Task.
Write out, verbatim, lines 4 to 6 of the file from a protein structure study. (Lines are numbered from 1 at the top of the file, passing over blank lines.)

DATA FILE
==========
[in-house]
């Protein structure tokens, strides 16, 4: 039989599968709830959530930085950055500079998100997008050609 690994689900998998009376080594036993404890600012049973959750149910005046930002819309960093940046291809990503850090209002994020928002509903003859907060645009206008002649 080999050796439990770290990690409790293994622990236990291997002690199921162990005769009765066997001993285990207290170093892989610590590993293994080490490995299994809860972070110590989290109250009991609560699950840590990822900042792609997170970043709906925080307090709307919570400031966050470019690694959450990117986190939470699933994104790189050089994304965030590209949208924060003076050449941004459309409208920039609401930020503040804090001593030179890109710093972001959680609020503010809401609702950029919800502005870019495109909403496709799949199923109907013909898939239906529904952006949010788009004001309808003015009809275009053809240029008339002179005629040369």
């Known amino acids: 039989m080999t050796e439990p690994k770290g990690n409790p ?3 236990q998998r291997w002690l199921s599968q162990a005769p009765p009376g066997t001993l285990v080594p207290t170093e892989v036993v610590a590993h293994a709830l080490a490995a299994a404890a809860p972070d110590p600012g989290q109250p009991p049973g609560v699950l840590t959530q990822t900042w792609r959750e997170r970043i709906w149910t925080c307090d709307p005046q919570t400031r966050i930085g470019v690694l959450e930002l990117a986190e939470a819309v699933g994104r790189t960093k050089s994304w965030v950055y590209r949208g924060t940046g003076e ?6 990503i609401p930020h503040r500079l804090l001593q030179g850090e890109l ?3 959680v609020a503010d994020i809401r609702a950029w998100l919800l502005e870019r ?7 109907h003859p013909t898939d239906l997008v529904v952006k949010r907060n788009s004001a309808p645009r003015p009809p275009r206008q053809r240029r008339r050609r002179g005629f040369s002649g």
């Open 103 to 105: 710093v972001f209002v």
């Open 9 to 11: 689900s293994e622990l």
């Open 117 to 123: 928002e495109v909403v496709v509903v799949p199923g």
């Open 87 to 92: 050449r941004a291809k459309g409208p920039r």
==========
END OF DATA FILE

């Open 103 to 105: 710093v972001f209002v």
């Open 9 to 11: 689900s293994e622990l």
């Open 117 to 123: 928002e495109v909403v496709v509903v799949p199923g």